With two wins at the 2024 Grammy Awards for their Barbie heart song “What Was I Made For?,” the Oscar for Best Original Song now seems like Billie Eilish’s and Finneas’ to lose.
The song, which soundtracks a tear-inducing sequence of 2023’s biggest film, in which Barbie creator Ruth Handler (Rhea Perlman) offers Margot Robbie’s titular doll some words of wisdom as she chooses between returning to Barbie Land as a toy or being a human and experiencing everything that comes with that.
While Eilish and her brother have pretty much swept awards season with the piano-driven ballad, which is made all the more impactful by Eilish’s quietly tender and emotional delivery, they do have some competition in their Barbie counterpart, “I’m Just Ken,” (performed in the film by Ryan Gosling and written by Mark Ronson and Andrew Wyatt), which took home the top award at the Critics Choices Awards. (Other nominees are Diane Warren for Flamin’ Hot‘s “The First Inside,” Jon Batiste and Dan Wilson’s “It Never Went Away” from American Symphony, and Scott George’s “Wahzhaze” from Killers of the Flower Moon.)
“This whole [awards season] I thought ‘What Was I Made For?’ was cemented and then there was this surprise Critics Choice Awards win, and I kind of started to love the idea of ‘I’m Just Ken’ taking it,” EW editor in chief Patrick Gomez says on the latest episode of The Awardist podcast, “but I do think this probably solidifies that that was just a fluke.”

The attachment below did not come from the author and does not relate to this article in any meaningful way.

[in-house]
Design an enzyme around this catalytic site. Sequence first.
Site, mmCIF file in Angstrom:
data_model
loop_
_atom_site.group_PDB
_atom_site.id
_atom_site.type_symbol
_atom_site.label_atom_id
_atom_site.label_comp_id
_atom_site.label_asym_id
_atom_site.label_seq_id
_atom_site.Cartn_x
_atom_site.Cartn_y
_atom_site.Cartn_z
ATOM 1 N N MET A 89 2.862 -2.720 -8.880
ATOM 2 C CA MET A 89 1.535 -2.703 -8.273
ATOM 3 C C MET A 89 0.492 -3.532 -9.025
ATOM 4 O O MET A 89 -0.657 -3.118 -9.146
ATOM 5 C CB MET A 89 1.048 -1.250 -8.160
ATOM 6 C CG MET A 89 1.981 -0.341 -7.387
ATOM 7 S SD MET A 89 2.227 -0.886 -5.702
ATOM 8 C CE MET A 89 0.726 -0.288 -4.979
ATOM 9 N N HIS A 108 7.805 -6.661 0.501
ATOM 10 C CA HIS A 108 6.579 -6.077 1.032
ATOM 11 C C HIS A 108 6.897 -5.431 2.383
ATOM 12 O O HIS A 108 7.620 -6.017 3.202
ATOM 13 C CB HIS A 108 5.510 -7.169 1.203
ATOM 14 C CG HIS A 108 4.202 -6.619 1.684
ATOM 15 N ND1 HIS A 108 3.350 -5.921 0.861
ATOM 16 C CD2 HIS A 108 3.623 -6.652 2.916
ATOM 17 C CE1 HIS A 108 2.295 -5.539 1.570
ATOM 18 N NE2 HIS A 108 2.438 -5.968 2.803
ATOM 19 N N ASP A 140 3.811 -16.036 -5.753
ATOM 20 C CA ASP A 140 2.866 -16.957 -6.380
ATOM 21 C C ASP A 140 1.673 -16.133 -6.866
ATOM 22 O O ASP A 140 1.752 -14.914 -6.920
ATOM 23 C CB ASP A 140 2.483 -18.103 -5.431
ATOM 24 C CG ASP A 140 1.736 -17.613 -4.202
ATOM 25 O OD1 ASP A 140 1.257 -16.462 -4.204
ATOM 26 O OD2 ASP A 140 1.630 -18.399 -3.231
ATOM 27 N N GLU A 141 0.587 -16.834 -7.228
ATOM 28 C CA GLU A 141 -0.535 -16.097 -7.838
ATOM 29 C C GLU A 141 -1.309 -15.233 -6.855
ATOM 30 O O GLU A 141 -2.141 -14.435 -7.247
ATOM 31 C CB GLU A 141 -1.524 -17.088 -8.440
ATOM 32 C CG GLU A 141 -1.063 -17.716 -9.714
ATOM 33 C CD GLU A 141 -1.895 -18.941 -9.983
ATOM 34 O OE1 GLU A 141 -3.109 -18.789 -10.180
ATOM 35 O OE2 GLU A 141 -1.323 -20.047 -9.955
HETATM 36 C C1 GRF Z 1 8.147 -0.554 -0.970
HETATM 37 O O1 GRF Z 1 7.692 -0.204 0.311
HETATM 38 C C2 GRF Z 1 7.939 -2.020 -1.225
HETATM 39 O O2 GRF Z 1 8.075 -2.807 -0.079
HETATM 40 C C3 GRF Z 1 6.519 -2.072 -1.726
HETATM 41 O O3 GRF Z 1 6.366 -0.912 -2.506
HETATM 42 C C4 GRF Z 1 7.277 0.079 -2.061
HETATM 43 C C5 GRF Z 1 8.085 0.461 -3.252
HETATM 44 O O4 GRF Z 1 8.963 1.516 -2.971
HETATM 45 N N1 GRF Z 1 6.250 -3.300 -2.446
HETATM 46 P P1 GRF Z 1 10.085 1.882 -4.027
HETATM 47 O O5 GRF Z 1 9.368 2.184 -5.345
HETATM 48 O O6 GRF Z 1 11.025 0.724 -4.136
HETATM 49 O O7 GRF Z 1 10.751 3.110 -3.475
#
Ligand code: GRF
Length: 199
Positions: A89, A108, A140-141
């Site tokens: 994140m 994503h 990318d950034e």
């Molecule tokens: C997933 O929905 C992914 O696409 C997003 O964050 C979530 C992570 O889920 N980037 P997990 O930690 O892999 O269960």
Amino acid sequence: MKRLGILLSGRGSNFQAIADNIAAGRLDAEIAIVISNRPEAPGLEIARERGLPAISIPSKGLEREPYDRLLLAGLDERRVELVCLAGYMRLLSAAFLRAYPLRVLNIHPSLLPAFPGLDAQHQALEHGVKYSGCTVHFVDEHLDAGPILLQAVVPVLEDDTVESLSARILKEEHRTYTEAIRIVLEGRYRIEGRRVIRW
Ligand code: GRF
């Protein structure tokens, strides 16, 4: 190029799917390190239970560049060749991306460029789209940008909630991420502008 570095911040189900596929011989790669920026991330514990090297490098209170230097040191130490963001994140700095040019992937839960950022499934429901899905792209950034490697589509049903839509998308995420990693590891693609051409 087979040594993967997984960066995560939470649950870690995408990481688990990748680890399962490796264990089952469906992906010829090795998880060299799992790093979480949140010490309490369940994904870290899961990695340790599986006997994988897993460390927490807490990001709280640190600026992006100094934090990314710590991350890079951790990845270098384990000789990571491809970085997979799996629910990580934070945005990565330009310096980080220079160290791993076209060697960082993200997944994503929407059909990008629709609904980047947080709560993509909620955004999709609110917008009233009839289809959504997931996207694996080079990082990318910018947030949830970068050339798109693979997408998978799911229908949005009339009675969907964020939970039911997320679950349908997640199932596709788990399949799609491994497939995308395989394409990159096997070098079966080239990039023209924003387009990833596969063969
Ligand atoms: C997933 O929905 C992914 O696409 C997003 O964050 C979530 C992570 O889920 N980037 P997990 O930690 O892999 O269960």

He continues, “It’s tough. I always want to give more credit to a song that is actually performed in the film, but, while Billie is not shown on screen singing that song, that song is also a huge part of that movie in a way that’s not just in the background. It is that moment as much as the visuals are. I keep wanting to give more credit to ‘I’m Just Ken’ but I really can’t discredit ‘What Was I Made For?’ because it ultimately pretty much serves the same purpose in terms of moving a story forward.”
Also on the new episode of the Awardist podcast, Rustin star and Best Actor Oscar nominee Colman Domingo looks back on playing gay civil rights activist Bayard Rustin, who orchestrated the March on Washington but has largely been erased from history books. Domingo spent five months researching and preparing for the role — mentally, of course, but also physically, including Rustin’s elocution and the way and speed with which he spoke, which is higher-pitched than Domingo.
“He spoke with a very slight British accent of his own design… and I have a good ear for accents and dialects, and I was like, what is this dialect? Sometimes he sounded like Katharine Hepburn, other times Bette Davis, other times the Queen of England. I was like, I don’t understand what this is. Until I started to find out he made this up,” Domingo tells The Awardist. “I found out this out from a friend of his, Rochelle Horowitz, who’s featured in the film. He made it up because he understood words had power, and he had the power to articulate himself in a way to get people to listen. So I think that he was such an outlier in so many ways. He played the lute and sang Elizabethan love songs — that goes into his character. You’re like, oh my gosh, what a character to unpack. And then the challenge for me was also to make sure that he was very human and not a caricature.”
You can listen to the full conversation with Domingo on the Awardist podcast, below.
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